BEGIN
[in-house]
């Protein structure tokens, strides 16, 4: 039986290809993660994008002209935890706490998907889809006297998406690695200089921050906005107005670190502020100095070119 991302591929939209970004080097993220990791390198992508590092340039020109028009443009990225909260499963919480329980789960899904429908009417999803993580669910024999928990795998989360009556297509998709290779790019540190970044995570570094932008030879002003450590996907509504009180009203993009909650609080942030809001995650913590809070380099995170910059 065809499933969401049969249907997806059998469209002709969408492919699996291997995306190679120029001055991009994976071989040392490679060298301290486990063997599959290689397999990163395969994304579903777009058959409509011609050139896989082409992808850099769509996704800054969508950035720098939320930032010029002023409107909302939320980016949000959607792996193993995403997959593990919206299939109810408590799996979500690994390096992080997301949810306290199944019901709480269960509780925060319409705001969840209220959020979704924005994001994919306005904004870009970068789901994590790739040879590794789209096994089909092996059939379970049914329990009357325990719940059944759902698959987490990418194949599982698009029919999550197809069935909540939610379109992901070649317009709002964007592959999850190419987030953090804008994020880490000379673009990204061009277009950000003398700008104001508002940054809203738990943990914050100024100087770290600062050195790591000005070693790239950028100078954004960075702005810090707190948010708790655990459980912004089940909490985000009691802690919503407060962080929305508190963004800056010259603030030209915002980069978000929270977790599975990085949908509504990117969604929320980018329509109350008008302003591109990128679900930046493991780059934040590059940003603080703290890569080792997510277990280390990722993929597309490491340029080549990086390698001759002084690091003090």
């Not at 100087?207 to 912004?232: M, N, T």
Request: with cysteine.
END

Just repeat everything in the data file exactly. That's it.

[in-house]
């Protein structure tokens, strides 16, 4: 039986290809993660994008002209935890706490998907889809006297998406690695200089921050906005107005670190502020100095070119 991302591929939209970004080097993220990791390198992508590092340039020109028009443009990225909260499963919480329980789960899904429908009417999803993580669910024999928990795998989360009556297509998709290779790019540190970044995570570094932008030879002003450590996907509504009180009203993009909650609080942030809001995650913590809070380099995170910059 065809499933969401049969249907997806059998469209002709969408492919699996291997995306190679120029001055991009994976071989040392490679060298301290486990063997599959290689397999990163395969994304579903777009058959409509011609050139896989082409992808850099769509996704800054969508950035720098939320930032010029002023409107909302939320980016949000959607792996193993995403997959593990919206299939109810408590799996979500690994390096992080997301949810306290199944019901709480269960509780925060319409705001969840209220959020979704924005994001994919306005904004870009970068789901994590790739040879590794789209096994089909092996059939379970049914329990009357325990719940059944759902698959987490990418194949599982698009029919999550197809069935909540939610379109992901070649317009709002964007592959999850190419987030953090804008994020880490000379673009990204061009277009950000003398700008104001508002940054809203738990943990914050100024100087770290600062050195790591000005070693790239950028100078954004960075702005810090707190948010708790655990459980912004089940909490985000009691802690919503407060962080929305508190963004800056010259603030030209915002980069978000929270977790599975990085949908509504990117969604929320980018329509109350008008302003591109990128679900930046493991780059934040590059940003603080703290890569080792997510277990280390990722993929597309490491340029080549990086390698001759002084690091003090």
């Not at 100087?207 to 912004?232: M, N, T």
Request: with cysteine.